I have always found it amazing what many foreigners think Costa Rica is really like. The views on health care have also entertained me and I am hoping that this little article will shed some light on the medical care in this country.

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When I found out that my husband and I were expecting, I was overjoyed. I had no qualms of having a child here and looking forward to being a new mom. Of course, I had no expectations – since I had no children, so everything was a new experience.

Even though we live closer to Liberia than San Jose, I decided to have our child at Hospital CIMA San Jose, since my parents happen to live in the Central Valley and we wanted to be closer to them at that time. CIMA has a great reputation and has many bilingual doctors and nurses, so I figured it was a perfect fit.

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CIMA is also affiliated with Baylor Medical Center in the USA. It’s as modern as a US hospital… but you are treated better! CIMA is located in Escazu, a popular area for ex-pats, and a more suburban area that San Jose central.

The hospital is currently expanding (as a new wing is under construction). My OB/GYN happens to have her offices in CIMA (Dra. Sae-Hui Kim Park, (506) 2208-1210. CIMA, 2nd Floor, Consultario #10), which made it very convenient for us. I actually also worked from my hospital bed (I know what you are thinking here…) because there was a free WIFI connection at the hospital.

I had medical insurance in Costa Rica, but had to pay cash for the birth since I had a pre-existing condition clause. Even having to pay cash, having a child here was very affordable. Our out-of-pocket expenses were about $2,500.

That covered two days in the hospital, in a suite, all the doctors and hospital fees, plus daily ‘room service’. The doctors fees were $1,200 and the hospital fees were $600. The additional charges were for room charges, extra night, and other miscellaneous items.

The attention from the nurses and doctors was top notch. Everyone was so friendly and truly had your best interests at heart. Our day went something like this:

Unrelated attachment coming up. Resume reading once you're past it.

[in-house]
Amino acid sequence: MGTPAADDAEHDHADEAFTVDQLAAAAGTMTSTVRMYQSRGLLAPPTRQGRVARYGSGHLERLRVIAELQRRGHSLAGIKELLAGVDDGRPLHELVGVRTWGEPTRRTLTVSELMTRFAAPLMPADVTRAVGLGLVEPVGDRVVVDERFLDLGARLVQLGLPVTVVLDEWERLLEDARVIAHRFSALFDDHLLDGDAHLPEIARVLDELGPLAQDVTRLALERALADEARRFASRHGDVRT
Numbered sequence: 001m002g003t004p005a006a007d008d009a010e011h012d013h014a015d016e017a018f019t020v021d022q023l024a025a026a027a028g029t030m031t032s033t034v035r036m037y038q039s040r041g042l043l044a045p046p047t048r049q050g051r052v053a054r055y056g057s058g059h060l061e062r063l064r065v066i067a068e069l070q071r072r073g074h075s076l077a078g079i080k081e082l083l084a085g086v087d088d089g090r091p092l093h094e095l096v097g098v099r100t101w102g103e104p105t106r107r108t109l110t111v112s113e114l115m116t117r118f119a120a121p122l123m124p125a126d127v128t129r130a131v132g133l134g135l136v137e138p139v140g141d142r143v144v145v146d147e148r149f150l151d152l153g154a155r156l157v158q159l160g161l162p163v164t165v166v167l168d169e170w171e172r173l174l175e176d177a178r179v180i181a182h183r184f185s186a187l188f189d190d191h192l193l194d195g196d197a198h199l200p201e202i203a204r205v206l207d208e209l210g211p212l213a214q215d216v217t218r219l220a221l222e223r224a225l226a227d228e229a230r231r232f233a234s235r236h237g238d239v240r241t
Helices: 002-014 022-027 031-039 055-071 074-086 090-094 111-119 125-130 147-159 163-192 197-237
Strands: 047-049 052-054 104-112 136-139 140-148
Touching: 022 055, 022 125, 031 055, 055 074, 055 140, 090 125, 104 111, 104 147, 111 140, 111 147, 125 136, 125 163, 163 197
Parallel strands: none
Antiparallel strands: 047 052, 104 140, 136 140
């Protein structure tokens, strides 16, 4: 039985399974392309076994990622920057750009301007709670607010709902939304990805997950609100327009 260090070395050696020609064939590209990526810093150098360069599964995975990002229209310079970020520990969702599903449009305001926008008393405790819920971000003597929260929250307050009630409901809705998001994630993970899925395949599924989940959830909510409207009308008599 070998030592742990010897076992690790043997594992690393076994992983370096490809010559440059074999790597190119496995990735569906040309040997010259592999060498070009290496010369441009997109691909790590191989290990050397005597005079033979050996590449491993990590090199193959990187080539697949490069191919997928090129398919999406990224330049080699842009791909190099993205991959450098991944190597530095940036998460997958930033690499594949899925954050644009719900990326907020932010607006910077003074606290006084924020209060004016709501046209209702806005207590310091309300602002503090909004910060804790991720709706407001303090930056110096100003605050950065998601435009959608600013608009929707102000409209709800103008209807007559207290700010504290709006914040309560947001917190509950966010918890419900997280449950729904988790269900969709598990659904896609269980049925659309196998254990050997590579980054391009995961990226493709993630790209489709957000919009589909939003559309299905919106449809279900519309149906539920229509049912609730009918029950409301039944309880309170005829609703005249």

• December 27th 2007 at 7am: Check in to hospital at registration desk at (you can pre-register beforehand to save time). I was required to put down a $1,500 deposit with a credit card or cash. If your bills are below the $1,500 deposit, you will be credited that when you check out of the hospital.
  • 8am: Personal escort (nurse) up to room on the 2nd floor (maternity area). Tour of area, room instructions.
  • 9am: Induction with a pitocin drip (this was scheduled per my doctor’s advice). I was monitored every hour until 5 PM. I was making no progress, so…
  • 5pm: Water was artificially ruptured by my doctor. That’s when the real pain began!
  • 10pm: Pain relief arrived in the operating room via a spinal block. The doctors had tried twice, unsuccessfully, to get an epidural catheter in my back.
  • 2:25am: December 28th 2007, the birth of our son, Kian Zachary Clower, who weighed in at a healthy 8 lbs 4 oz, 20.5 inches long.

We checked out on December 29th 2007 and stayed in San Jose for an additional ten days until we headed back to the beach where we reside.

All in all, I can definitely give two thumbs up to Hospital CIMA if you plan on having a child in this country. Both, my husband and I, found the hospital to be very accommodating and very helpful for first time parents!

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There is one comment:

  • Sofia at 10:39 pm

    Hi! Thanks for sharing your experience. How did you prevent mosquito bites while pregnant?

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